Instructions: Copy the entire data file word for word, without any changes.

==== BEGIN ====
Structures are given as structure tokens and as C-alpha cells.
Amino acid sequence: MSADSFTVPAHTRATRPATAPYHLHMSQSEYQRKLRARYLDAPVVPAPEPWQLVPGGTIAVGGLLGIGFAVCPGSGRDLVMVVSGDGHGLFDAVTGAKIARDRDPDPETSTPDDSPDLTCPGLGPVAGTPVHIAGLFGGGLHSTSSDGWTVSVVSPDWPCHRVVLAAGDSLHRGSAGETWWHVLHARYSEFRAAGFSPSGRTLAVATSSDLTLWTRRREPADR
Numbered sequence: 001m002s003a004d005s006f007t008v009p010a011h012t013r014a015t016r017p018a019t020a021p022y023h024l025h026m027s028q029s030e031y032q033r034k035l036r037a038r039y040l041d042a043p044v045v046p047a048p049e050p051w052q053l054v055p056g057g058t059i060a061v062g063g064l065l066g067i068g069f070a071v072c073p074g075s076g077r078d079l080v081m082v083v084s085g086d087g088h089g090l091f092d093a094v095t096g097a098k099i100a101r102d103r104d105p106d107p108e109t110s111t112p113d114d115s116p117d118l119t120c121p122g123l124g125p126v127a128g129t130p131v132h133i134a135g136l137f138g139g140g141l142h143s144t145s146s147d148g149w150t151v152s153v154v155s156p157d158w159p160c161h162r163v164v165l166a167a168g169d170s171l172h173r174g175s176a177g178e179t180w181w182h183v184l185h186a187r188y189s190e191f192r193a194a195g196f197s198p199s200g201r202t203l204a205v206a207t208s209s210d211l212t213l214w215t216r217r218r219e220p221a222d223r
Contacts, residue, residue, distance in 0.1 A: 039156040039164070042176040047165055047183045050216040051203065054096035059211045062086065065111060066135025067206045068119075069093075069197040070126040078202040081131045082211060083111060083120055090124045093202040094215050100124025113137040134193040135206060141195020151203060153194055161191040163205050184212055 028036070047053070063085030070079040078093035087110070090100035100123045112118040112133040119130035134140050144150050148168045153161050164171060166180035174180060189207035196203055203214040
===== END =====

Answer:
Structures are given as structure tokens and as C-alpha cells.
Amino acid sequence: MSADSFTVPAHTRATRPATAPYHLHMSQSEYQRKLRARYLDAPVVPAPEPWQLVPGGTIAVGGLLGIGFAVCPGSGRDLVMVVSGDGHGLFDAVTGAKIARDRDPDPETSTPDDSPDLTCPGLGPVAGTPVHIAGLFGGGLHSTSSDGWTVSVVSPDWPCHRVVLAAGDSLHRGSAGETWWHVLHARYSEFRAAGFSPSGRTLAVATSSDLTLWTRRREPADR
Numbered sequence: 001m002s003a004d005s006f007t008v009p010a011h012t013r014a015t016r017p018a019t020a021p022y023h024l025h026m027s028q029s030e031y032q033r034k035l036r037a038r039y040l041d042a043p044v045v046p047a048p049e050p051w052q053l054v055p056g057g058t059i060a061v062g063g064l065l066g067i068g069f070a071v072c073p074g075s076g077r078d079l080v081m082v083v084s085g086d087g088h089g090l091f092d093a094v095t096g097a098k099i100a101r102d103r104d105p106d107p108e109t110s111t112p113d114d115s116p117d118l119t120c121p122g123l124g125p126v127a128g129t130p131v132h133i134a135g136l137f138g139g140g141l142h143s144t145s146s147d148g149w150t151v152s153v154v155s156p157d158w159p160c161h162r163v164v165l166a167a168g169d170s171l172h173r174g175s176a177g178e179t180w181w182h183v184l185h186a187r188y189s190e191f192r193a194a195g196f197s198p199s200g201r202t203l204a205v206a207t208s209s210d211l212t213l214w215t216r217r218r219e220p221a222d223r
Contacts, residue, residue, distance in 0.1 A: 039156040039164070042176040047165055047183045050216040051203065054096035059211045062086065065111060066135025067206045068119075069093075069197040070126040078202040081131045082211060083111060083120055090124045093202040094215050100124025113137040134193040135206060141195020151203060153194055161191040163205050184212055 028036070047053070063085030070079040078093035087110070090100035100123045112118040112133040119130035134140050144150050148168045153161050164171060166180035174180060189207035196203055203214040